Back in Q3 1999, Nextra (Switzerland) deployed a nationwide MPLS VPN service. In Q1 2001, this service was extended to all european Nextra companies (which have their own ASNs) in order to provide a seamless, pan-european MPLS VPN service.<BR> <BR> This presentation will discuss some of the ideas behind the service architecture. There will also be a discussion about lessons learned when implementing and running a real-life MPLS VPN network.

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  • Roger Gottsponer, Nextra
  • n 1999, Roger Gottsponer joined Nextra (Switzerland) as a senior network engineer, where he became heavily involved in the design and planning of the MPLS VPN service. Previously, Roger worked as a network engineer at SWITCH, the Swiss Academic and Research Network, where he has been involved with all aspects of IP routing.
youtubeHow to Secure Your Job: Implement MPLS VPNs
pptRoger Gottsponer Presentation(PPT)
10:45am - 11:00amGrand BallroomBreak
11:00am - 11:45amGrand Ballroom

Global Crossing\'s Operational Experience With MPLS

Global Crossing deployed MPLS in Q2 1999 to solve a variety of issues we faced while integrating various purchased networks, and migrating them to Frontier\'s fiber optic backbone. We built upon that foundation to later provide true MPLS-enabled VPNs. The presentation objectively reviews our experiences with MPLS, what it enables us to do, and the advantages it provides for us. I will do my best not to stray into the subjective, as I don\'t want to start a religous discussion about MPLS :) An outline of the talk follows: <UL> <LI> Overview of architecture <UL> <LI> Physical</LI> <LI> Logical</LI> </UL> </LI> <LI> History of network</LI> <LI> Early challenges and how MPLS solved them</LI> <LI> Challenges with MPLS today <UL> <LI> Multi-vendor core</LI> <LI> Advanced features such as fast-reroute, secondary LSP\'s, etc. </LI> </UL> </LI> <LI> How the network would behave without MPLS</LI> <LI> VPN deployment <UL> <LI> Architecture</LI> <LI> Capabilities (2547, l2vpn)</LI> <LI> Provisioning aspects</LI> <LI> Customer experiences</LI> </UL> </LI> <LI> IPv6 deployment w/ MPLS</LI> </UL>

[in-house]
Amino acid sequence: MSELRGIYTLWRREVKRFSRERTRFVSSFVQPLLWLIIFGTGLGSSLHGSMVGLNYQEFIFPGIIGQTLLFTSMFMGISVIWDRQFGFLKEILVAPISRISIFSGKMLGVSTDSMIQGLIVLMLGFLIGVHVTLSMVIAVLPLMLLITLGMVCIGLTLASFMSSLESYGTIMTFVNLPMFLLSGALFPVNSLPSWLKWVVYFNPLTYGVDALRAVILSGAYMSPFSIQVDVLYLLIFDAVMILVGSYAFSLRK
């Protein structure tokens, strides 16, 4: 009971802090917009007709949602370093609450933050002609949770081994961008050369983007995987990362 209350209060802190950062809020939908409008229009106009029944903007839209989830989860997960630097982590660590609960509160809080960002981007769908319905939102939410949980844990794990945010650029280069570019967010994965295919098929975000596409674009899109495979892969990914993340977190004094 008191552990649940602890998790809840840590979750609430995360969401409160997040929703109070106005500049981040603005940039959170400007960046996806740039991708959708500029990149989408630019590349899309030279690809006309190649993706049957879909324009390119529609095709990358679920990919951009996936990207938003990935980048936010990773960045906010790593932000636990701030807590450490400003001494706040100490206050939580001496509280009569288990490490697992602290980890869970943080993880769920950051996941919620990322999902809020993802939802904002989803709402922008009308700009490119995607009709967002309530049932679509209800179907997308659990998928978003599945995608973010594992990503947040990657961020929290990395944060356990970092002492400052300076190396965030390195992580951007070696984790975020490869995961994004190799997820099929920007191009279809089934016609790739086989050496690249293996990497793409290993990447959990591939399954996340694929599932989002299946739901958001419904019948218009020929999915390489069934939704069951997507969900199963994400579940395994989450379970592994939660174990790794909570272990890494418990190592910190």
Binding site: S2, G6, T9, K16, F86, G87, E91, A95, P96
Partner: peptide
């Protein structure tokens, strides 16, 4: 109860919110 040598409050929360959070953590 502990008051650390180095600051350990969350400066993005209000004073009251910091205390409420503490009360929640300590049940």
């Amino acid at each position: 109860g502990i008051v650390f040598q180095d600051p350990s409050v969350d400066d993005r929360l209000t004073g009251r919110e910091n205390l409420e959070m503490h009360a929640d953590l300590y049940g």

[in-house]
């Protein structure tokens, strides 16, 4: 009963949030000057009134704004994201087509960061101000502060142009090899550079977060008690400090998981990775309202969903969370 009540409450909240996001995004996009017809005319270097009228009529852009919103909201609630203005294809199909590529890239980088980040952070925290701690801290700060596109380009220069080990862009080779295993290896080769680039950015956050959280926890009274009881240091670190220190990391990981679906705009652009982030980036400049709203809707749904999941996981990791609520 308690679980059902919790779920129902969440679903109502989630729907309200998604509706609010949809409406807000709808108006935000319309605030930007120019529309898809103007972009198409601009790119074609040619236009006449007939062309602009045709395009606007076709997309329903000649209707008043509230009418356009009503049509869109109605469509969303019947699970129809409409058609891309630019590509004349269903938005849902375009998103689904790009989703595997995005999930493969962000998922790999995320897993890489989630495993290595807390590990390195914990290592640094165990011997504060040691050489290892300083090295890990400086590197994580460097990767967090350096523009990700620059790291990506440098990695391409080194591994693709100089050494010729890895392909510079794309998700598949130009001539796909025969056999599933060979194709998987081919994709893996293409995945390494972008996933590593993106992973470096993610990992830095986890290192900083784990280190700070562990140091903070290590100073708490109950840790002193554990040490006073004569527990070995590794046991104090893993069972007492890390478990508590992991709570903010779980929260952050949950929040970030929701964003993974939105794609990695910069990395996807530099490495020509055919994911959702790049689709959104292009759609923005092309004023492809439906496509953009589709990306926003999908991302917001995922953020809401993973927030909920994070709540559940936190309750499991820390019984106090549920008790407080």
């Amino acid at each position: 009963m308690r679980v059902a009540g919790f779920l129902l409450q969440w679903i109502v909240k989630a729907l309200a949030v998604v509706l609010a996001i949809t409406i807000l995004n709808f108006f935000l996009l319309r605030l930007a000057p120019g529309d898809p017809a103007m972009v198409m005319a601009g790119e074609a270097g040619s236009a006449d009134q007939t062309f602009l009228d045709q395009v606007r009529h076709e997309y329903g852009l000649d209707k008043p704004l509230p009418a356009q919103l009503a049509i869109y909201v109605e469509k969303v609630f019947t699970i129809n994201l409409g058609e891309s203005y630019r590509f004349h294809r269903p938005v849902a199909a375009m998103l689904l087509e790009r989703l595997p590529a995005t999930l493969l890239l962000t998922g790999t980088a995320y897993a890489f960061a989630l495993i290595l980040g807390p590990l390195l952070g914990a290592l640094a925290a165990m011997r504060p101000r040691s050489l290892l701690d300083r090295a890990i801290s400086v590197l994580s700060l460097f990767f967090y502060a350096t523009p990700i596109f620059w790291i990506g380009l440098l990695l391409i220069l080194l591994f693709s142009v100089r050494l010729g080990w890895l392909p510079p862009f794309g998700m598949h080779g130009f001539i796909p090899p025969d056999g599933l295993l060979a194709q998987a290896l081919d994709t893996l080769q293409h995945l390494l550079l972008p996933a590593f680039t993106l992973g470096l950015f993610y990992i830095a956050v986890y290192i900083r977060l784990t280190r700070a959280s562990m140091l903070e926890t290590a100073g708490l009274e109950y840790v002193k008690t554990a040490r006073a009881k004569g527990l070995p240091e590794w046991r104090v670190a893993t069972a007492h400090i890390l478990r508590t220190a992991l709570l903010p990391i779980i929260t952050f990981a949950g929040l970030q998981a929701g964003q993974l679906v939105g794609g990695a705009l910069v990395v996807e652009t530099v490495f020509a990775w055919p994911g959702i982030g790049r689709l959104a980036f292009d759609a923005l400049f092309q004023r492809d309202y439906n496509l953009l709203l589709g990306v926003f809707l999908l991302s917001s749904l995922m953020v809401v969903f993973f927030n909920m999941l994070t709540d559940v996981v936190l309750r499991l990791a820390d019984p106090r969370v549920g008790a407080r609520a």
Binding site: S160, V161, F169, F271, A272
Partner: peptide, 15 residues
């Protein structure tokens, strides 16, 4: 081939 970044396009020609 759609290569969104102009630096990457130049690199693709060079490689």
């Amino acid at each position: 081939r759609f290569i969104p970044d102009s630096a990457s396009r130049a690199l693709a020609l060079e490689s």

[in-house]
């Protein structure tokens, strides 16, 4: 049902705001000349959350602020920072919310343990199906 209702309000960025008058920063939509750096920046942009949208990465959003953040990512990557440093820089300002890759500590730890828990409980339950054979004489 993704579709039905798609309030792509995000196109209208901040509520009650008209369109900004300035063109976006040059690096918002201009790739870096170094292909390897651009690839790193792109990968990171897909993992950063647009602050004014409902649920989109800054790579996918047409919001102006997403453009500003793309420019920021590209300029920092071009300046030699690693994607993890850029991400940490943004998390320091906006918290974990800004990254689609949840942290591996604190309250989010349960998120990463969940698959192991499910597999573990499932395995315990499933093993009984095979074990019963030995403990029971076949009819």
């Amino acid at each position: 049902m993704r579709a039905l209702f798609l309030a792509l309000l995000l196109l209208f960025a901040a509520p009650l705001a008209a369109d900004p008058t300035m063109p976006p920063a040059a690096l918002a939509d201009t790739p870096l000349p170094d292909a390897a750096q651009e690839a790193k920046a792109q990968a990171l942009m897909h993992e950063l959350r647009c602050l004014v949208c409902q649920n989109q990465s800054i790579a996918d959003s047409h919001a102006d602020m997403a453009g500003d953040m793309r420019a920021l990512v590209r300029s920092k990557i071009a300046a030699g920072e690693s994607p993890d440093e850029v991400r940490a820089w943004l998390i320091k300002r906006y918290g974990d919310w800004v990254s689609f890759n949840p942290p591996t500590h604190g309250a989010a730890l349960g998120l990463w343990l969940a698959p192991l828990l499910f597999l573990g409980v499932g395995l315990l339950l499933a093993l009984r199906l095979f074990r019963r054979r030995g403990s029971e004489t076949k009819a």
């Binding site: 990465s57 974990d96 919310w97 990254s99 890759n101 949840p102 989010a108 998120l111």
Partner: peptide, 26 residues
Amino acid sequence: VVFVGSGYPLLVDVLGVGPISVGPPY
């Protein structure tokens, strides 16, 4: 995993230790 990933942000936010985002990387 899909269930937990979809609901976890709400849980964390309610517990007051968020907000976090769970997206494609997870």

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  • Dave Siegel, Global Crossing
  • Dave Siegel has been involved with Internet network engineering since 1992, and joined the NANOG community in February 1995. He has been with Global Crossing since April 1998 in various roles, with a primary focus in IP network architecture, design, and implementation. He is presently the IP Engineering Director, and is reponsible for all engineering aspects of the IP backbone, including architecture, design, implementation, capital spending, planning, traffic engineering, router configuration standards and routing, peering, OSS development and deployment, and supporting systems platforms.
pptDave Siegel Presentation(PPT)
youtubeGlobal Crossing's Operational Experience With MPLS
11:45am - 12:05pmGrand Ballroom

An Approach to IP Network Traffic Engineering

Cable & Wireless (AS 3561) implements a strict traffic engineering network underlying its IP transit networks. This network has existed in some form or other for the last six years, and has provided C&W a high level of determinstic behavior and stability. This presentation will cover the major elements of that traffic engineering architecture, as well as some of the considerations and trade-offs made in the implimentation of the architecture.

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  • Chris Liljenstolpe, Cable & Wireless
  • Chris Liljenstolpe is the Sr. Director and Chief Scientist for Network Technologies at Cable & Wireless. He has been invloved with the packet network architecture at C&W for the last three years, including the traffic engineering component.
youtubeAn Approach to IP Network Traffic Engineering
pptChris Liljenstolpe Presentation(PPT)
12:05pm - 1:30pm Lunch
1:30pm - 2:00pmGrand Ballroom

New Directions in Peering for Tier-2 and Content Providers